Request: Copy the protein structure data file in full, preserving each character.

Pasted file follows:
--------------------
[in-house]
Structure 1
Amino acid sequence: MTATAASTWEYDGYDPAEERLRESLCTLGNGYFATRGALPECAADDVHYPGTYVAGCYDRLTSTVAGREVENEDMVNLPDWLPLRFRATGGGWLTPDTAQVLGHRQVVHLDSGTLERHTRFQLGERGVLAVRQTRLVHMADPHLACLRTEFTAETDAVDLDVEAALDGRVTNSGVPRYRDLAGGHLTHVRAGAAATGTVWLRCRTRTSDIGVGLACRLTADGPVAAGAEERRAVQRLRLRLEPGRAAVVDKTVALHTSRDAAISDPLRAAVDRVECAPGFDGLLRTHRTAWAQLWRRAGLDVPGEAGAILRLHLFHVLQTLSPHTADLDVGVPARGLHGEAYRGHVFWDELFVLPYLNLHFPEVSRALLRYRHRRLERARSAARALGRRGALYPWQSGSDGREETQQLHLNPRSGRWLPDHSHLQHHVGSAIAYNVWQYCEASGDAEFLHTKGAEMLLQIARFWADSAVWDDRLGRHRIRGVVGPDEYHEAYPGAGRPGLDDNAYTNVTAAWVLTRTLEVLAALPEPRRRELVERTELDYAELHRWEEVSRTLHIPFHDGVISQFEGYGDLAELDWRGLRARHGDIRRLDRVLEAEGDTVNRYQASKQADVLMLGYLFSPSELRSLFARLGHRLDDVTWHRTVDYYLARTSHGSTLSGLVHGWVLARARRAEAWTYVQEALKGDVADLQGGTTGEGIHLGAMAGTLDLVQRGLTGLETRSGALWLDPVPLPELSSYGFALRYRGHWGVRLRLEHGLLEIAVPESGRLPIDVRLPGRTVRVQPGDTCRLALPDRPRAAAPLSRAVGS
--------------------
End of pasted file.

[in-house]
Structure 1
Amino acid sequence: MTATAASTWEYDGYDPAEERLRESLCTLGNGYFATRGALPECAADDVHYPGTYVAGCYDRLTSTVAGREVENEDMVNLPDWLPLRFRATGGGWLTPDTAQVLGHRQVVHLDSGTLERHTRFQLGERGVLAVRQTRLVHMADPHLACLRTEFTAETDAVDLDVEAALDGRVTNSGVPRYRDLAGGHLTHVRAGAAATGTVWLRCRTRTSDIGVGLACRLTADGPVAAGAEERRAVQRLRLRLEPGRAAVVDKTVALHTSRDAAISDPLRAAVDRVECAPGFDGLLRTHRTAWAQLWRRAGLDVPGEAGAILRLHLFHVLQTLSPHTADLDVGVPARGLHGEAYRGHVFWDELFVLPYLNLHFPEVSRALLRYRHRRLERARSAARALGRRGALYPWQSGSDGREETQQLHLNPRSGRWLPDHSHLQHHVGSAIAYNVWQYCEASGDAEFLHTKGAEMLLQIARFWADSAVWDDRLGRHRIRGVVGPDEYHEAYPGAGRPGLDDNAYTNVTAAWVLTRTLEVLAALPEPRRRELVERTELDYAELHRWEEVSRTLHIPFHDGVISQFEGYGDLAELDWRGLRARHGDIRRLDRVLEAEGDTVNRYQASKQADVLMLGYLFSPSELRSLFARLGHRLDDVTWHRTVDYYLARTSHGSTLSGLVHGWVLARARRAEAWTYVQEALKGDVADLQGGTTGEGIHLGAMAGTLDLVQRGLTGLETRSGALWLDPVPLPELSSYGFALRYRGHWGVRLRLEHGLLEIAVPESGRLPIDVRLPGRTVRVQPGDTCRLALPDRPRAAAPLSRAVGS